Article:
-Mother Ann Lee was the founder of the shaker movement.
- Celibacy, communal life, confession of sin
-Believed in full gender equality
- Father John Humphrey Noyes established the society
-A religious based, socialist group of about 250, dedicated to living as one family and to sharing all property, work, and love.
-Known as the perfectionists/Bible communists
-Practiced Complex Marriage. Every woman was the wife of every man and every man was the husband of every woman.
-Robert Owen founded the society
-Utopian socialist philosophy aimed for radical reform of society and is considered a forerunner of the cooperative movement
-New Harmony- less successful utopian experiments. Owen believed that an individual’s character was shaped by his or her environment.
American suffragist, social activist, abolitionist, and leading figure of the early women’s rights movement.
A major slave revolt in 1822 “the rising” Failed to happen in Charleston, S.C.
-Denmark Vesey “Telemaque” was a free black former slave in Charleston, South Carolina who came up with the plan.
was a slave rebellion that took place in Southampton County, Virginia during August 1831.-Nat Turner was the leader of the rebellion and killed up to 65 people, the highest number of fatalities caused by any slave uprising in the American south.
2. Wendall Phillips
3. Frederick Douglas
4. James Horton
Theodore Dwight Weld
Arthur and Lewis Tapan
James G. Birney
Grimke sisters (Sarah and Angelina)
Harriet Beecher Stowe, Uncle Tom’s Cabin
David Walker’s Appeal
Rev. Henry Highland
Dr. Martin Delany
American Colonization Society and Liberia
became the 9th president (oldest to be inaugurated) during the 1840 election. His inauguration only lasted a month due to his death. “Longest inaugural speech, shortest term in office.”
Was the Vice president during William Henry Harrison’s presidency. Becomes President after Harrison’s death in 1841.
Marked the first U.S. Armed conflict chiefly fought on foreign soil. It pitted a politically divided and militarily unprepared Mexico against the expansionist-minded administration of U.S. President James k Polk, who believed the United States had a “Manifest destiny” to spread across the continent to the Pacific Ocean. Mexico lost about one third of its territory, including all of present day California, Utah, Nevada, Arizona, and New Mexico.
12th President, known as a national war hero for his battles in the Mexican War. He led the nation during its debates on slavery and southern secession.
“Old fuss and feathers”Won the war and captured Mexico city
“6 days to Sacramento”
-was a stagecoach service. It carried passengers and U.S. Mail from Memphis, Tennessee and St. Louis, Missouri to San Francisco, California. The routes met at Fort Smith, Arkansas, and then continued through Indian Territory, Texas, New Mexico, Arizona, Baja California, and California ending in San Francisco.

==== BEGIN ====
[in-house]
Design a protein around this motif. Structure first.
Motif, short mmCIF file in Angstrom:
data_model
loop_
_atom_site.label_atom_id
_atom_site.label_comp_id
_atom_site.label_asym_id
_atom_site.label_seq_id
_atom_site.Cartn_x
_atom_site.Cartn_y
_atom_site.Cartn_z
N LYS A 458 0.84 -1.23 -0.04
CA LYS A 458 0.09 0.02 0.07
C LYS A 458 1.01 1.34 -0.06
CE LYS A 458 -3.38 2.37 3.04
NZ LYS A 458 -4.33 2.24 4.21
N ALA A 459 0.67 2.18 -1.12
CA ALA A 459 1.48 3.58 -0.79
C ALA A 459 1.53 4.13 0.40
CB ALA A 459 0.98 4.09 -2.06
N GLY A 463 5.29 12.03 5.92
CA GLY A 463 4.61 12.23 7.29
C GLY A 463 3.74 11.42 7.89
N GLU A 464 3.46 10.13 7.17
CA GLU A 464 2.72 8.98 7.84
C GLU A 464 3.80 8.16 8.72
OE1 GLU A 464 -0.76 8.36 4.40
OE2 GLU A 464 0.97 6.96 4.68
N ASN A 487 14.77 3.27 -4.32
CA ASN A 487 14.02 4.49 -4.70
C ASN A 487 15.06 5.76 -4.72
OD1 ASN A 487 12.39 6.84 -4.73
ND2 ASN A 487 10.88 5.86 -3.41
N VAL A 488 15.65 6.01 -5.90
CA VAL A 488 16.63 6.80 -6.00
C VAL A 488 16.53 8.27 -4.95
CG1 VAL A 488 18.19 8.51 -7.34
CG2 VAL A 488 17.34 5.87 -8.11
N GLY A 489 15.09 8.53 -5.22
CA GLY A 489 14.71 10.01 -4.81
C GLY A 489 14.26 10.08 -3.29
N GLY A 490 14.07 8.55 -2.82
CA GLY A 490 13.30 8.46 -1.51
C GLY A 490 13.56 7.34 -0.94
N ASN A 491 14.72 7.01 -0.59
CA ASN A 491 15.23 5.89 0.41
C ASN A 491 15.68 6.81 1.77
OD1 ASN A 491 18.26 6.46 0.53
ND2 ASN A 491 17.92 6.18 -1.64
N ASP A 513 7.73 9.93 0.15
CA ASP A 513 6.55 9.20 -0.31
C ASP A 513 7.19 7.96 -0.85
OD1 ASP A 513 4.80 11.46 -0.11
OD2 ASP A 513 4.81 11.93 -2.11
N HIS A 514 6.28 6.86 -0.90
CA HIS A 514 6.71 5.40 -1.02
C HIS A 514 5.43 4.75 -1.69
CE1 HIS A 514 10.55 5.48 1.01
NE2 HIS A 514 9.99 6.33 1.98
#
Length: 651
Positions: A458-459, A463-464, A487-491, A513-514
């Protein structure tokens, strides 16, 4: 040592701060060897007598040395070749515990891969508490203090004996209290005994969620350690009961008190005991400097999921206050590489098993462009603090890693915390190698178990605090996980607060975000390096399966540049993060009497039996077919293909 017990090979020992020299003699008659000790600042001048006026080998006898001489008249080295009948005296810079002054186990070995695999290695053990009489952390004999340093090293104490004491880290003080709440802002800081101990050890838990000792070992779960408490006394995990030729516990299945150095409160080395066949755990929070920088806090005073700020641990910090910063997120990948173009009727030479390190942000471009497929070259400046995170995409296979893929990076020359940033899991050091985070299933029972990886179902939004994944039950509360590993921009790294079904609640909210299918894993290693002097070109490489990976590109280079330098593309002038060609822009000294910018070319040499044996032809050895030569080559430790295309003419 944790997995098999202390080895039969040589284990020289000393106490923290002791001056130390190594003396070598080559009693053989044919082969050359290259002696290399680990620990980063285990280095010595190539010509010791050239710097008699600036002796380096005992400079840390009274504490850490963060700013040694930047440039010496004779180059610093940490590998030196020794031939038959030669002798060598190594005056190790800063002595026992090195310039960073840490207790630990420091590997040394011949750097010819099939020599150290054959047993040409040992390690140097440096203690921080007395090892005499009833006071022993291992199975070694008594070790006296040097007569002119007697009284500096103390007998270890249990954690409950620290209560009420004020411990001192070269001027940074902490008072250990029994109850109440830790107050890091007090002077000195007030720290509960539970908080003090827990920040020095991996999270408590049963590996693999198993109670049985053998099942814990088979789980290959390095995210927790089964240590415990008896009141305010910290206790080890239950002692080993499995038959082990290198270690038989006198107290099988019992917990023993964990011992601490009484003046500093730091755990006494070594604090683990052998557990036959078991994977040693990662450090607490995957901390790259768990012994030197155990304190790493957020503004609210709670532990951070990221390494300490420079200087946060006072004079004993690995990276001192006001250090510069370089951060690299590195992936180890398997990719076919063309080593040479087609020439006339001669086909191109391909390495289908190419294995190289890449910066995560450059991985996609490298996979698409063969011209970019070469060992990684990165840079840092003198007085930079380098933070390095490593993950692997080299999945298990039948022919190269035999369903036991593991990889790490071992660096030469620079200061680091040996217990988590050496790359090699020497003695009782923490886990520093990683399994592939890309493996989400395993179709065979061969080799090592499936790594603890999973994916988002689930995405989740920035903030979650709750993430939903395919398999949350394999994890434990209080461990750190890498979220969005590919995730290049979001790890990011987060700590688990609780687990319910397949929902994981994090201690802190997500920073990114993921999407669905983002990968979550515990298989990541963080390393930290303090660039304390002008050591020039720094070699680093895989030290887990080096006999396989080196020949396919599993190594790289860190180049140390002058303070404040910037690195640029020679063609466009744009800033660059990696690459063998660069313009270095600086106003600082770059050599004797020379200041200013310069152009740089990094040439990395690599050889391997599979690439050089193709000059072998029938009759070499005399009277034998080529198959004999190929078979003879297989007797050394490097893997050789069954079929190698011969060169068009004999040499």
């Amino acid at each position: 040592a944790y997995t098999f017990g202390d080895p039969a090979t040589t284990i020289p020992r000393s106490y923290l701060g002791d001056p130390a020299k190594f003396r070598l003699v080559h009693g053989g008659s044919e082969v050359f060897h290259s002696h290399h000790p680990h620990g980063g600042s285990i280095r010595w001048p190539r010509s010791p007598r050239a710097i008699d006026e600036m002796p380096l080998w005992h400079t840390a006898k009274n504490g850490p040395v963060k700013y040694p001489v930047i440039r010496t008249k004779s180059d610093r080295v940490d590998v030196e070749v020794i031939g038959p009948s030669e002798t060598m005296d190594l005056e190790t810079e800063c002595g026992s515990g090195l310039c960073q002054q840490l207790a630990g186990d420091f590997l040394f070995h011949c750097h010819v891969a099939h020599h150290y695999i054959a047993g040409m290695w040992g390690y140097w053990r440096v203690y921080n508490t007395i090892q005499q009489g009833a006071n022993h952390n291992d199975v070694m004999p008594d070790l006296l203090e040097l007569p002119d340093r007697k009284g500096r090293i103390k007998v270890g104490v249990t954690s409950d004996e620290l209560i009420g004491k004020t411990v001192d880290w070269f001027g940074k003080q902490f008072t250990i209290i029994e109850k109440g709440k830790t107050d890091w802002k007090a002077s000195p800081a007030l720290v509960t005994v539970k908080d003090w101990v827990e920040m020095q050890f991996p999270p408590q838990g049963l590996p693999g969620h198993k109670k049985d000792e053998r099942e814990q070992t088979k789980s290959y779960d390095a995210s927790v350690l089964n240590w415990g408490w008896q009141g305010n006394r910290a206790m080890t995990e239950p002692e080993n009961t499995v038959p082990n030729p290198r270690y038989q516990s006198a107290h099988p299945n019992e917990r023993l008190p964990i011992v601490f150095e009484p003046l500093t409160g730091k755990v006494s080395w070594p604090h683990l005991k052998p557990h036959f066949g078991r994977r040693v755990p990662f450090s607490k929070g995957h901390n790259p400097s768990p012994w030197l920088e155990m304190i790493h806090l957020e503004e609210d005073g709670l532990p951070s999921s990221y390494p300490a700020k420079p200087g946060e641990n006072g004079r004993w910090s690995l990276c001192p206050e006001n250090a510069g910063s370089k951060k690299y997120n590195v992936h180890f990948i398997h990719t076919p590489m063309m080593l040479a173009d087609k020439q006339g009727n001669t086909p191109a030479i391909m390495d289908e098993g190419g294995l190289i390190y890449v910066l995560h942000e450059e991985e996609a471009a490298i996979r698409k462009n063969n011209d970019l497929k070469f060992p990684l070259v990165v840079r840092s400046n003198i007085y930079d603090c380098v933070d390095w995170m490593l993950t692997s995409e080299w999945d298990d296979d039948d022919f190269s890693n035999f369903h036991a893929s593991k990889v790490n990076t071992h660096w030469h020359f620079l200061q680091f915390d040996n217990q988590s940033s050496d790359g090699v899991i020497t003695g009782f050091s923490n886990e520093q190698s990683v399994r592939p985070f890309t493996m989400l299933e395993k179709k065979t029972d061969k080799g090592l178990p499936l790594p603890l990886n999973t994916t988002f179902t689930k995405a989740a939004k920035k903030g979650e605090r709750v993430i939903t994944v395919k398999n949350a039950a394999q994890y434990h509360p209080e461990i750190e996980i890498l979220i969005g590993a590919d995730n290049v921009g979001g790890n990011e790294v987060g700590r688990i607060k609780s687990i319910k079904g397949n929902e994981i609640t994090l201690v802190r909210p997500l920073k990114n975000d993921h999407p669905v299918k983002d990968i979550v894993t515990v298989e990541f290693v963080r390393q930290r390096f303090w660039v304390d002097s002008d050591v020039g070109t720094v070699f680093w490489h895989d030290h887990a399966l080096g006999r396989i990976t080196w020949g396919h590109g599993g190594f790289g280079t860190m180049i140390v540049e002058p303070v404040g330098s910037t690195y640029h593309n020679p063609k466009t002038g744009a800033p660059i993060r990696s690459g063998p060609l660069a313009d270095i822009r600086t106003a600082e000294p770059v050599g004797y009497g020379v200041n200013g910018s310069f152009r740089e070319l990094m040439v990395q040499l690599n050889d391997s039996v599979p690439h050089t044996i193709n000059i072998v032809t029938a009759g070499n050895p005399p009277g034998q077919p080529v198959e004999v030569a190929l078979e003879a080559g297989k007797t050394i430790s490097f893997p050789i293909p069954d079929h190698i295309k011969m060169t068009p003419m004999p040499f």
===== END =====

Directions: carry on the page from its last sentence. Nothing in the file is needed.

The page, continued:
Major George H. Crossman recommended to congress in 1836 that the Army should experiment with the use of camels since the chief desert problem for the traditional military animals was lack of water and forage. Camels could go longer without water than horses or mules.
2,200 mile historic east-west large wheeled wagon route and emigrant trail that connected the Missouri River to valleys in Oregon
Was an emigrant trail of about 2,000 miles across the western half of the North American continent from Missouri river towns to what is now the state of California.
was an American frontiersman, trapper, soldier and Indian agent who made an important contribution to the westward expansion of the United States.
-was an American military officer, explorer, and politician who became the first candidate of the anti-slavery republican party. He led four expeditions into the American west, that era’s penny press. During the Mexican war Fremont took control of California from the bear flag republic in 1846.
1. California admitted as a free state.
2. Popular sovereignty in New Mexico and Utah territories
3. Abolish the slave trade in the national capital.
4. Enactment of a strict fugitive slave law.
Created the territories of Kansas and Nebraska, opening new lands for settlement, and had the effect of repealing the Missouri Compromise of 1820 by allowing white male settlers in those territories to determine through popular sovereignty whether they would allow slavery within each territory.
Former members of the Whig party met to establish a new party to oppose the spread of slavery into the western territories.
the right of slave owners to take their slaves into the western territories, thereby negating the doctrine of popular sovereignty and severely undermining the platform of the newly created Republican party.
1. Slaves were legal property
2. No law could be made that discriminated against the property owners